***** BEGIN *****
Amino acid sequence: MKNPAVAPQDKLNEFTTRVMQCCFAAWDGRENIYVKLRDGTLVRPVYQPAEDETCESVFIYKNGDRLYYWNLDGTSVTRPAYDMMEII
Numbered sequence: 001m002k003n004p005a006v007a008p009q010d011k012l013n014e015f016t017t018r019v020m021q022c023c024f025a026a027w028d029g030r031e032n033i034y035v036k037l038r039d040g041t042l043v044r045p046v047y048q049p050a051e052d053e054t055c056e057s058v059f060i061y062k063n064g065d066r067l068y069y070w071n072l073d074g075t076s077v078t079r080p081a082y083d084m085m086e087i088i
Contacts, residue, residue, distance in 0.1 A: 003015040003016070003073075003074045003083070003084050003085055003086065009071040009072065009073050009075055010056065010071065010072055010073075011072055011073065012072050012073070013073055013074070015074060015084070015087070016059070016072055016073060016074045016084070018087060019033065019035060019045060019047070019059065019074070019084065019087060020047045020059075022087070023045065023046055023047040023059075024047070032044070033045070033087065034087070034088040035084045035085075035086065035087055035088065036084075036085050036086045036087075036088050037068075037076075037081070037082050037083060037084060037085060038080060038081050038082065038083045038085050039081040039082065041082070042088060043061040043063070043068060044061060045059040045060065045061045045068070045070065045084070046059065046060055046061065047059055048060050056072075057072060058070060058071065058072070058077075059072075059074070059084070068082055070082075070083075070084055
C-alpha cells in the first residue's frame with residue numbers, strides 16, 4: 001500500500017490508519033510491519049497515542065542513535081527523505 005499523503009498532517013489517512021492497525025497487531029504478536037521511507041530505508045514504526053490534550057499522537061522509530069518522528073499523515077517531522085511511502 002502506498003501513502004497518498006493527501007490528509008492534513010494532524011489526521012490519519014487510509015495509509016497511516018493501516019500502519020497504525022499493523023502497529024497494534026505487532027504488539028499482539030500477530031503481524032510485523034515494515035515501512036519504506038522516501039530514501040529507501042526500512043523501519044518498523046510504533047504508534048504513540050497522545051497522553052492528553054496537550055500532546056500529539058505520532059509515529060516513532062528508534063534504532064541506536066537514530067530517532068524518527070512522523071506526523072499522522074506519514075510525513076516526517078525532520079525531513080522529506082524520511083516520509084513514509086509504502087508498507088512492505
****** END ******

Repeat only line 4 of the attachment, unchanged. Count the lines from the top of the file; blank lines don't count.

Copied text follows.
C-alpha cells in the first residue's frame with residue numbers, strides 16, 4: 001500500500017490508519033510491519049497515542065542513535081527523505 005499523503009498532517013489517512021492497525025497487531029504478536037521511507041530505508045514504526053490534550057499522537061522509530069518522528073499523515077517531522085511511502 002502506498003501513502004497518498006493527501007490528509008492534513010494532524011489526521012490519519014487510509015495509509016497511516018493501516019500502519020497504525022499493523023502497529024497494534026505487532027504488539028499482539030500477530031503481524032510485523034515494515035515501512036519504506038522516501039530514501040529507501042526500512043523501519044518498523046510504533047504508534048504513540050497522545051497522553052492528553054496537550055500532546056500529539058505520532059509515529060516513532062528508534063534504532064541506536066537514530067530517532068524518527070512522523071506526523072499522522074506519514075510525513076516526517078525532520079525531513080522529506082524520511083516520509084513514509086509504502087508498507088512492505